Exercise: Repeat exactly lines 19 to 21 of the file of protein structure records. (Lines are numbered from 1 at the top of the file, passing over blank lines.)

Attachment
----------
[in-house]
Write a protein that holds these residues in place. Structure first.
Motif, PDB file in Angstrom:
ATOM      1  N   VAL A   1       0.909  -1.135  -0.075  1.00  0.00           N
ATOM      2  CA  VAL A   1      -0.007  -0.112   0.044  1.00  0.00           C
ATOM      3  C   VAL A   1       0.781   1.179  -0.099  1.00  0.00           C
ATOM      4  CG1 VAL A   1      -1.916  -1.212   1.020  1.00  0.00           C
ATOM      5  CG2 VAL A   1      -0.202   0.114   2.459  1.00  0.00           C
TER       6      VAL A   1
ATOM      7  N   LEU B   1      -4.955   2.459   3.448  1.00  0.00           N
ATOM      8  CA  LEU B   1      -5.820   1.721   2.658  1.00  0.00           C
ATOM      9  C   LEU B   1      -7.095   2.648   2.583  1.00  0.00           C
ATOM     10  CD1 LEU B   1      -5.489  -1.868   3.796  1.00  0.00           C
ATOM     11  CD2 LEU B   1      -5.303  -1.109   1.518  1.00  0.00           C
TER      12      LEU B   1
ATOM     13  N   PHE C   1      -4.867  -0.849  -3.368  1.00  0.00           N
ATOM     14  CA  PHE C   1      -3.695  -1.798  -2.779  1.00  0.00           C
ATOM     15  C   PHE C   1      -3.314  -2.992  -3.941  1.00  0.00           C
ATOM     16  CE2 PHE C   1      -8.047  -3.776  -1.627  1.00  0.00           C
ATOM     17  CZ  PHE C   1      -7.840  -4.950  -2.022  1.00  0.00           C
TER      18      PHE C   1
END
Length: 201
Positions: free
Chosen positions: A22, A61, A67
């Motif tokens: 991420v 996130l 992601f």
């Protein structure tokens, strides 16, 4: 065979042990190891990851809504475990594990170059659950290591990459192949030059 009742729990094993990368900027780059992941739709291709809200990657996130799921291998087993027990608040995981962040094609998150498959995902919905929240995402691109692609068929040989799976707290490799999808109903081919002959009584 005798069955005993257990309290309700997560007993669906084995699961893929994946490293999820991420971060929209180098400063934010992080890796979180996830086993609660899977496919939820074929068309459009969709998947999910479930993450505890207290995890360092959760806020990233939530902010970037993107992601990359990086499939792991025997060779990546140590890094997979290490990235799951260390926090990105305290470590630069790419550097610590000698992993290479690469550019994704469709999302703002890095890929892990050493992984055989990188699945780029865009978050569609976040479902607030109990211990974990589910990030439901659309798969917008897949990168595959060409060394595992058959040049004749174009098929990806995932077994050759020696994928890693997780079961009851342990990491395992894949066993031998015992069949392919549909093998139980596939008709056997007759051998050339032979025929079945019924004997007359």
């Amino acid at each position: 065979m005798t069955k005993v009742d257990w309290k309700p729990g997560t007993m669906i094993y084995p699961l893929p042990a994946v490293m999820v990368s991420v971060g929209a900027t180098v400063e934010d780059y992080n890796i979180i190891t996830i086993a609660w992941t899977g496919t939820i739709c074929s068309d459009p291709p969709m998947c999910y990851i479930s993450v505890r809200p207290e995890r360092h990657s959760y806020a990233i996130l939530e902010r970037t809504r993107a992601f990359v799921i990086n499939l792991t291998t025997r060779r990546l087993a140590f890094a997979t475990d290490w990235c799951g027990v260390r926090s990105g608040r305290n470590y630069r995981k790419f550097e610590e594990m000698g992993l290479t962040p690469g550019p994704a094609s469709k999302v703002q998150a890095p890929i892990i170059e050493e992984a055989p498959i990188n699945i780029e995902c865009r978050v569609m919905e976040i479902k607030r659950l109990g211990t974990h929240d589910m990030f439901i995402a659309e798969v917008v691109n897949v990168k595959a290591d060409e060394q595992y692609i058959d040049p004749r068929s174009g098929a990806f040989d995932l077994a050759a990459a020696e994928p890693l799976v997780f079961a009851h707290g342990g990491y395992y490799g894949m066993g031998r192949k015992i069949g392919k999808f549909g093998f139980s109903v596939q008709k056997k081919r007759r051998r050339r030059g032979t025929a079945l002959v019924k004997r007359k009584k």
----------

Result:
ATOM     16  CE2 PHE C   1      -8.047  -3.776  -1.627  1.00  0.00           C
ATOM     17  CZ  PHE C   1      -7.840  -4.950  -2.022  1.00  0.00           C
TER      18      PHE C   1